- Maximum Speed: This is another crucial point when purchasing an SSD. Usually, when you’re shopping for an SSD you want to look for a maximum read speed of 550 MB/s, and a maximum write speed of 500 MB/s. Most average SSD have a common read speed of 550 MB/s, unlike the write speed, it tends to vary. However, even if you purchase an SSD with lower average speed, you will see an incredible increase in performance.
- Drive Capacity: This depends on your needs and your budget. Lower storage space means less expensive SSD, more storage means more expensive. For someone with an average budget, most people pick an SSD with 250GB of storage space, perfect to install your operating system and a couple of applications/video games. Another option would be to buy a 1TB SSD while doing that you won’t need to pair it with an HDD, as 1TB of space is more than enough.
- Manufacturer: Nowadays pretty much any SSD is good, but there’s always these no-names brands that are a little bit shady. I don’t want to judge, but when you invest a small amount of money on an important piece of hardware for your gaming PC, I’d rather go for a good brand. Samsung, Crucial or SanDisk are all good brands. There are many other good brands out there you just need to find them.
- SATA 3 Support: While pretty much all SSDs, use SATA interface, the difference in speed between SATA 1, 2 and 3 makes a noticeable difference. SATA 1 can transfer data at 1.5 Gbps (max), SATA 2 at 3.0 Gbps, and SATA 3 at 6 Gbps. SSDs connected using SATA 3 transfer data at double the rate of SATA 2. So if you have new motherboard that comes with SATA 3 interface, it is best that the SSD that you are purchasing supports it too.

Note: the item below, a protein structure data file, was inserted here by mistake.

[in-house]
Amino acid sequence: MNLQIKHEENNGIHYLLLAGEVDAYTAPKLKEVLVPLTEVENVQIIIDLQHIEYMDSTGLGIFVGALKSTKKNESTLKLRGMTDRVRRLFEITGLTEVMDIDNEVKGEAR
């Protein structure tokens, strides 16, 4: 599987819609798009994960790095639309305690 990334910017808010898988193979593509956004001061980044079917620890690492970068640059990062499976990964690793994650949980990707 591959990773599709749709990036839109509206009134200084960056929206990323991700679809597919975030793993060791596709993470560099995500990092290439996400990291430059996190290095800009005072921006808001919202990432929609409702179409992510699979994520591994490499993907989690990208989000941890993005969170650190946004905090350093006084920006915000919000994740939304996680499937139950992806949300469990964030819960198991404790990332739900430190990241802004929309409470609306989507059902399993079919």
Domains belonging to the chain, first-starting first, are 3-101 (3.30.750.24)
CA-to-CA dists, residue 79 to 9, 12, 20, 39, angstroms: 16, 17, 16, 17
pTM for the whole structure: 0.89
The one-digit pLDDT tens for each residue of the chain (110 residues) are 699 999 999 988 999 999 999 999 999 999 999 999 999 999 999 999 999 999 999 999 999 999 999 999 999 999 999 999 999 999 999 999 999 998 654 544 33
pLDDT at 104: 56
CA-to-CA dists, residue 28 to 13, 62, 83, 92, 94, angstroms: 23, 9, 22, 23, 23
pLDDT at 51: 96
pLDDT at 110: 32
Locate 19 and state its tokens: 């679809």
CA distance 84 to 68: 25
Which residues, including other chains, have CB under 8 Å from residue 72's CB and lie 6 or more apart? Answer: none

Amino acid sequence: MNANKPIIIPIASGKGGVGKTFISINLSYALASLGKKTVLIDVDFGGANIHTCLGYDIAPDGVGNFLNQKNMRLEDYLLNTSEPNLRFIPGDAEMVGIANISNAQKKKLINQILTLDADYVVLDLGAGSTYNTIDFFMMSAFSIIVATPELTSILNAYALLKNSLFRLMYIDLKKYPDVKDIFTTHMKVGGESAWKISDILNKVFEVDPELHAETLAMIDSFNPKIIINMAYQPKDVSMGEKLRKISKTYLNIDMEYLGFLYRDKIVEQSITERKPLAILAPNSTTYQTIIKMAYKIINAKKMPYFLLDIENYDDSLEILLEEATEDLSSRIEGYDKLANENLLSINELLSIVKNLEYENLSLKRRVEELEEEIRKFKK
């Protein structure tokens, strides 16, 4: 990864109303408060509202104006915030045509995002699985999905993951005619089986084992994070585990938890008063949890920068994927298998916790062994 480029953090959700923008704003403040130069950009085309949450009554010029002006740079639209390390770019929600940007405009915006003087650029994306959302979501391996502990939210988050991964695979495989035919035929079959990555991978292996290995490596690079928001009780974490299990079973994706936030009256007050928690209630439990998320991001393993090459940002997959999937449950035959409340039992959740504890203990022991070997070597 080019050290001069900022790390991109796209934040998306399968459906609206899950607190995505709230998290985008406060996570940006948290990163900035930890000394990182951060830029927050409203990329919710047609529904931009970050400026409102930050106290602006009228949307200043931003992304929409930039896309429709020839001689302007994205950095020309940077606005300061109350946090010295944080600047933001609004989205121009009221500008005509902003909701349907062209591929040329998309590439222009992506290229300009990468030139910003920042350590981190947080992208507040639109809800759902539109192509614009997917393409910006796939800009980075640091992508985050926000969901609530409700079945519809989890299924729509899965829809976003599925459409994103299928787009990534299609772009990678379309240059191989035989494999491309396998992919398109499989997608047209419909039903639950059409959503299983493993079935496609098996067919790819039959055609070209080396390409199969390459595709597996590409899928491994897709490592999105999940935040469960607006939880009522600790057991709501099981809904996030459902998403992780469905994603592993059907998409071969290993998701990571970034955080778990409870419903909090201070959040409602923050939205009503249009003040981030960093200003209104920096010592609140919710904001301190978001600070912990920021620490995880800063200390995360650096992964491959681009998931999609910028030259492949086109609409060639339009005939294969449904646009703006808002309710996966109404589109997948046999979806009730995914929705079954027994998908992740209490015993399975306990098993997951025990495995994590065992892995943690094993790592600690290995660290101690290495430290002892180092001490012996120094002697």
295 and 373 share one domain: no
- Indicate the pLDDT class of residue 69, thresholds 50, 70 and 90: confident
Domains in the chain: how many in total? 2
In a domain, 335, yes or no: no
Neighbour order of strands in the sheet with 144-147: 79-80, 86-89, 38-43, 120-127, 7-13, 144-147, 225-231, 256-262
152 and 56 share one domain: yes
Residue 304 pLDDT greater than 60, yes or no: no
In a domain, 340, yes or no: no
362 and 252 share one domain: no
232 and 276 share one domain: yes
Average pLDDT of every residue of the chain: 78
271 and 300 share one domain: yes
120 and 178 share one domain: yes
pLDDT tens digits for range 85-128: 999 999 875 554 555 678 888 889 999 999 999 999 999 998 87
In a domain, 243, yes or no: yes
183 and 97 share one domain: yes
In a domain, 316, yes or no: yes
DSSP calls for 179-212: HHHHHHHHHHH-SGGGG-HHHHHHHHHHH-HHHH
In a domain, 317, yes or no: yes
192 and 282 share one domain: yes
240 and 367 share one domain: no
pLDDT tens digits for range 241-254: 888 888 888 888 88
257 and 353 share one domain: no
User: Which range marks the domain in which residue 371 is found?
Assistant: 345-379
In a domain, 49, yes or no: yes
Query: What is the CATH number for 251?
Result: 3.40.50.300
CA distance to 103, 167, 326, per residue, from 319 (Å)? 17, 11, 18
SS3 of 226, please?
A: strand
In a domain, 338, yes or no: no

This concludes our guide on how to choose the perfect SSD. As you may have seen above picking the right SSD can be a hard and difficult task, but with the right information, it can become pretty simple.
Like I always say to people who want to build their first gaming PC. You have to include an SSD, it will completely change your system’s performance, and you will likely never go back to an HDD-only machine, just like me.
Like I mentioned above, now that the price of SSDs is declining over the years, they are now more affordable than ever. So, if you’re looking for an overall performance boost for your machine, you should consider adding an SSD to your machine.